Community Blog Spotlight: Guilds
Every Week, Community Manager Laura Genender takes a look at one or more of the entries being created in our MMORPG.com blogs. This week, she looks at Bardoc's recent entry about the treatment of new players in guilds.
This past month or so, my interest in guild-related debates has been growing. As the co-leader of a growing guild in EverQuest, I am constantly thinking about my guild, and looking at other users' experiences to parallel mine. I love that all guilds are different in little ways (no, not in a corny way like snowflakes), and through our differences in environment, policies, goals, etc. we can offer players varied experiences in the same realm.
This week, user Bardoc posts about his guild, and the relationships between older and younger members in general. He explains the inevitable internal war between these two factions of guild members:
"If you're younger the older members seem to act like they are owed something. That they need you to do it their way or when they want you to. For the older members it looks like the young members don't have any respect for or ownership in the guild. They are simply there to get their loot."
For Bardoc's guild, the solution to one such problem was the removal of three newer members.
And yet Bardoc, as an individual, is not siding with the older members; instead, he says that both parties are wrong. "My rant today is that neither is right. The older players need to remind themselves that a big part of a healthy community is providing feedback and mentorship to new and younger members...The younger players need to be able to choose a mentor and seek out an elder to help them."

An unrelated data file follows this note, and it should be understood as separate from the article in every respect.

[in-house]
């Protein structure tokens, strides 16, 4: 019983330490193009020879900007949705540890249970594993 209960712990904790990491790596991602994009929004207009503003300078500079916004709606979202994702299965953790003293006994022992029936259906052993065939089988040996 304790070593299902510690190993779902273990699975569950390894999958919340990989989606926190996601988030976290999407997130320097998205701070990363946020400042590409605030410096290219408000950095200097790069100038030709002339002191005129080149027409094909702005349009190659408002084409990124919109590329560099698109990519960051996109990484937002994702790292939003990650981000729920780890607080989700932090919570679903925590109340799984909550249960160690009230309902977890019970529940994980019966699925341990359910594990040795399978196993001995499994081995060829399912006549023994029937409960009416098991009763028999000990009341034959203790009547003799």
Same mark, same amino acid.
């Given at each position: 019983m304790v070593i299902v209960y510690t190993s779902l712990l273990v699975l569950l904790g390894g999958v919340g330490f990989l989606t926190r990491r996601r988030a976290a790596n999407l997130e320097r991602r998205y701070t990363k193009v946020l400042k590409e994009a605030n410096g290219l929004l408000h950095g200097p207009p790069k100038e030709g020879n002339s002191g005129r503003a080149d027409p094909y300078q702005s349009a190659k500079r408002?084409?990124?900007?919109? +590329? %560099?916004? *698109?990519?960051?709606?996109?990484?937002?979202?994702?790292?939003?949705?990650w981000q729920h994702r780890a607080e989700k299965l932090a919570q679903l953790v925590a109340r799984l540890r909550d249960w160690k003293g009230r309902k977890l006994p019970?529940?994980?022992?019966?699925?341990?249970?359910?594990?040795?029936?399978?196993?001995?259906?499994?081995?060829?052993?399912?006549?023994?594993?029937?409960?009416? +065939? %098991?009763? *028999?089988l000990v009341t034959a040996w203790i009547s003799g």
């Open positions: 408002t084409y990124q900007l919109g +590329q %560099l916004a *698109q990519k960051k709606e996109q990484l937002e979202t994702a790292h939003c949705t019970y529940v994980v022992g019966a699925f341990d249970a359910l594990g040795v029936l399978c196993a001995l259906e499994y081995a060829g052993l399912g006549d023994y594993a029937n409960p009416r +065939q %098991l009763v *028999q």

I'm not sure how Bardoc's guild is run, but I agree that this is a common problem in guilds. I'm a big proponent of recruiting for attitude and personality, not just level and class; drama is the killer of many, many guilds. From this, I also support long application periods. This gives older members time to get to know the newer members, before the younger generation even become members.
I like the idea of a mentorship program, though, and I know many larger guilds use "class leaders" to act as mentor for other members of their class. The problem I often see with this system is: let's say a game has 14 classes. Even if you have ten members qualified to lead ten of the classes, you might have to pick four unqualified people to lead the remaining classes. Leaving these classes leader-less would be an insult to all members of that class, and demoting them once you have a "better" rogue would be a similar insult.
A mentorship program not based on classes, though - that could give older and newer members a good reason to interact, and speed up the newbie's integration to the guild.
One thing that I do disagree with Bardoc on is this relating to actual age - I think it has more to do with guild status. An 18 year old who has been a guild member for three months treats a 30 year old recruit in this manner, after all; age might slightly magnify or nullify some of the effects, but who really knows anyone's age or gender in the online world?
Check out the rest of Bardoc's blog entries here.